This principle does not impugn the doctrine that a corporation cannot vary from the object of its creation, and that persons dealing with a company must take notice of whatever is contained in the law of their organization. This doctrine has been constantly affirmed in this court, and has been engrafted upon the common law of Ohio. Pearce v. M. and I. R. R. Co., 21 How., 441; Strauss v. Eagle Ins. Co., 5 Ohio, N. S., 59. But the principle includes those cases in which a corporation acts within the range of its general authority, but fails to comply with some formality or regulation which it should not have neglected, but which it has chosen to disregard.
The instances already cited of the course of dealing of this corporation, and others of a similar nature, of which there is evidence in the record, sufficiently attest that the corporation accepted the acts of 1851 and 1852 as valid grants of power; and it would be manifestly unjust to allow it to repudiate the contracts which it has made, because their acceptance of these grants has not been clothed in an authentic form. The Supreme Court of Ohio have recognised the obligation of corporators to be prompt and vigilant in the exposure of illegality or abuse in the employment of their corporate powers, and have denied assistance to those who have waited till the evil has been done, and the interest of innocent parties has become involved. Chapman v. Mad River R. R. Co., 6 Ohio, N. S., 119; The State v. Van Horne, 7 Ohio, N. S., 327.
We conclude, that the validity of the contract of the Cleveland corporation, under the circumstances, must be determined on the assumption that it was authorized to exert the power conferred in the fourth section of the act of March, 1851, and 24th section of the act of May, 1852.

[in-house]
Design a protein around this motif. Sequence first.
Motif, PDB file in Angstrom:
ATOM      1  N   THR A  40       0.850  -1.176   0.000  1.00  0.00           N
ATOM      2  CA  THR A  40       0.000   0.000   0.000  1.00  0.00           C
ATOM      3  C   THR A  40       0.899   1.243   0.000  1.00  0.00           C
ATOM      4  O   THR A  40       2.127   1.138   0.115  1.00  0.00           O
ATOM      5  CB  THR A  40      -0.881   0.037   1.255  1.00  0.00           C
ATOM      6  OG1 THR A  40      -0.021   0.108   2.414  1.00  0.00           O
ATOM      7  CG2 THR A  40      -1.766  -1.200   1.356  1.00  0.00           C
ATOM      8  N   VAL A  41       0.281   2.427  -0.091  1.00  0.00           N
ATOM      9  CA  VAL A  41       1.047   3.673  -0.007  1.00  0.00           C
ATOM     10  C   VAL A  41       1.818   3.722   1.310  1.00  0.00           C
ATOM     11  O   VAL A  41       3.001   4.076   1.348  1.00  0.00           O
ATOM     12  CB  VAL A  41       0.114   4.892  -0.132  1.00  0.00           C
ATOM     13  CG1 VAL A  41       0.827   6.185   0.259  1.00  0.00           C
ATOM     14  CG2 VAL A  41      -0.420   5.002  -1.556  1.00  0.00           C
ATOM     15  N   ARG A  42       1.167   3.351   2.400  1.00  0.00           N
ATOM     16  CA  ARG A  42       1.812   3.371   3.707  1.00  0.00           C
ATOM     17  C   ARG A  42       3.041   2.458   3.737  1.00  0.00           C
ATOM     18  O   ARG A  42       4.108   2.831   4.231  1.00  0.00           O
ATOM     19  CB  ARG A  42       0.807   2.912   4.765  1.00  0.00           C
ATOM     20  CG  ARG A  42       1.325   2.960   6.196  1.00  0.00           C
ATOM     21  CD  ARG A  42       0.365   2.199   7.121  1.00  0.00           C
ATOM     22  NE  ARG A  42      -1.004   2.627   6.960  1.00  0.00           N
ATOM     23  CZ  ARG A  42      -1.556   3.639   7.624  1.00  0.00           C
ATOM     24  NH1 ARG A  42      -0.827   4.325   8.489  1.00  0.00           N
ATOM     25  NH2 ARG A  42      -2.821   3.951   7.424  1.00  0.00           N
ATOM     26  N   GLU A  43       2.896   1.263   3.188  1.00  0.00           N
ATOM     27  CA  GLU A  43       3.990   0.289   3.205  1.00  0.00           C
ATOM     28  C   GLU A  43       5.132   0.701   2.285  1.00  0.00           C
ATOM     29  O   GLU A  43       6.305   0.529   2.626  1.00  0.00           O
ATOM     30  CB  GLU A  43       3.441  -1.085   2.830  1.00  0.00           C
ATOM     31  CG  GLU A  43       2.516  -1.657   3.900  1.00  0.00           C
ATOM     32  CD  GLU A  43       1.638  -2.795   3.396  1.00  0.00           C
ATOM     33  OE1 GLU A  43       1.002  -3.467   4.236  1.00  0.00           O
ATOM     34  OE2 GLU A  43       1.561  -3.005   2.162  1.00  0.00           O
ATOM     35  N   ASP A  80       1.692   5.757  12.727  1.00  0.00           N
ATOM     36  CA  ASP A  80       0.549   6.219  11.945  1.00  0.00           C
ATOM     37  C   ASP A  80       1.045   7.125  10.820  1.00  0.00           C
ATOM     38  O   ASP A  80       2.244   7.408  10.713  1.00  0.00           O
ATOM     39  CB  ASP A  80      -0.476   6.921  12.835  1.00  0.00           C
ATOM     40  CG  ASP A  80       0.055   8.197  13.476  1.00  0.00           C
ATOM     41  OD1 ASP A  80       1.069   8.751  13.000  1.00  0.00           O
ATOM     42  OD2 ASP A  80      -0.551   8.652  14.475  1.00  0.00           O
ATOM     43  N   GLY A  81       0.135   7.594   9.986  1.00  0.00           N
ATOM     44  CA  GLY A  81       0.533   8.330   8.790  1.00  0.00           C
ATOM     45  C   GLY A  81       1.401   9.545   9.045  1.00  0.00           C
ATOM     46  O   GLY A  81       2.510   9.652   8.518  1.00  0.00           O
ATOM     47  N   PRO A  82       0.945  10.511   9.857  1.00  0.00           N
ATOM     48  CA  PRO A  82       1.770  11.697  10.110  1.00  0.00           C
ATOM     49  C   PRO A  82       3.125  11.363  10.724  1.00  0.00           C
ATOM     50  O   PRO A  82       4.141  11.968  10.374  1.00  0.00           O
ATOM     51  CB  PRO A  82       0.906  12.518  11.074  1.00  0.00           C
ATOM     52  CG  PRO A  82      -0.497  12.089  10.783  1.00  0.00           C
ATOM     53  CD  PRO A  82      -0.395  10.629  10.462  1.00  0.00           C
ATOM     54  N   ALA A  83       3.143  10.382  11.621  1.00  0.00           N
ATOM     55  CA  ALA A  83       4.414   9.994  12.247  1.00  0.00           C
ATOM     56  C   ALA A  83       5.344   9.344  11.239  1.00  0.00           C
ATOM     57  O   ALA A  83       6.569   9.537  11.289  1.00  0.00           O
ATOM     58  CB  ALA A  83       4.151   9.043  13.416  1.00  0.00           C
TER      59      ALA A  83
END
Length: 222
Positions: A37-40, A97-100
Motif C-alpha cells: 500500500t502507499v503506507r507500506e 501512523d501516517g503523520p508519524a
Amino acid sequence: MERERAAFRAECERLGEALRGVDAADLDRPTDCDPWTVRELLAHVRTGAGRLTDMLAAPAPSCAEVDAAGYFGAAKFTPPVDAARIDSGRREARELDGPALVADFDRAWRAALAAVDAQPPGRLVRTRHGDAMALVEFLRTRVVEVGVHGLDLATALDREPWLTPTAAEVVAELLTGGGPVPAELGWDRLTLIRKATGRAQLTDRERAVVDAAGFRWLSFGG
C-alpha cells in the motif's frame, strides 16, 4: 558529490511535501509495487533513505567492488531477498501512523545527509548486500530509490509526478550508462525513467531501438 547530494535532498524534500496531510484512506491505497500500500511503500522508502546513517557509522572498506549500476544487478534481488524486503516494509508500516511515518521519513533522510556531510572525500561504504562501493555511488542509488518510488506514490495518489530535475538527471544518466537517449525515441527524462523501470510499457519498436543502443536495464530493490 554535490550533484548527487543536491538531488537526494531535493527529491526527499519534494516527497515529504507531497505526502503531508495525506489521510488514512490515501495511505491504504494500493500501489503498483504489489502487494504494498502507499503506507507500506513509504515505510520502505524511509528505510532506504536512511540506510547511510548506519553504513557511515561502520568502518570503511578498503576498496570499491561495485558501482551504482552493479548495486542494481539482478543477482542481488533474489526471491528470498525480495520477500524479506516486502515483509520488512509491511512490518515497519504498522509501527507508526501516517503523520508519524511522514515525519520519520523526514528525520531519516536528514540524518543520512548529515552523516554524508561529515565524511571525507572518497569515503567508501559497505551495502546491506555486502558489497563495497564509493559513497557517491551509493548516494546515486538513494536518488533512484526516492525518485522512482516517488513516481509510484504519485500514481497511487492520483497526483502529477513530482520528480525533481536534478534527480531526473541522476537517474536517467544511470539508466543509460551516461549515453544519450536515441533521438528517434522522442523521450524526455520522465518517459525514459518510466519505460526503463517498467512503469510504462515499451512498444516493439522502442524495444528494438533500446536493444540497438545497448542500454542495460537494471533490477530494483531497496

In deciding upon the validity of this contract, we deem it unimportant to settle whether Dennison was a director of the Piqua Company the 25th February, 1854, when he signed the contract with the committee of the Piqua board of directors; or whether that contract was affected by its ratification by the board after his resignation was entered upon the minutes, or by the subsequent consummation of the contract, in the reciprocal transfer of the securities and payment of the consideration; or whether, as matter of law, the bonds of the Piqua Company, commercial in their form, payable to another party, and issued after his resignation, are null and void.
The contract of the guarantors endorsing the bonds is a distinct contract, and may impose an obligation upon them independently of the Piqua Company. In the absence of a personal incapacity of Dennison to deal with his principal, the issue of the bonds by the directors of the Piqua Company is an ordinary act of administration; and bonds in such form, it is admitted, 'challenge confidence wherever they go.' We perceive no illegality in their delegation to them of the power to determine whether the Ohio or Pennsylvania gauge should be adopted, or their sale of the privilege to adjust the controversies and questions relating to it. Their adoption of the Ohio gauge was a solution of all the difficulties; it enabled the Indianapolis Company to adopt it; it superinduced the resulting consequence of running connections among the four corporations; it secured profits to the guarantors; it imposed the burden of relaying their track upon the Piqua Company. Their contract to adopt this gauge and to form the corresponding connections is a valuable consideration, and the Piqua Company have fulfilled the engagements that Dennison and Niel were authorized to stipulate on their behalf. There is testimony that the bargain was a hard one for the guarantors, and argument that it was probably an unjust one, and possibly fraudulent in reference to the stockholders of the Cleveland Company. But the bill is framed, not to obtain relief from error or fraud in the administration of the powers of the company by their trustees, but against the exercise of powers that did not belong to the corporation, and which the body could not confirm, except by a unanimous vote. Foss v. Harbottle, 2 How., 461; 2 Phil. Ch. R., 740.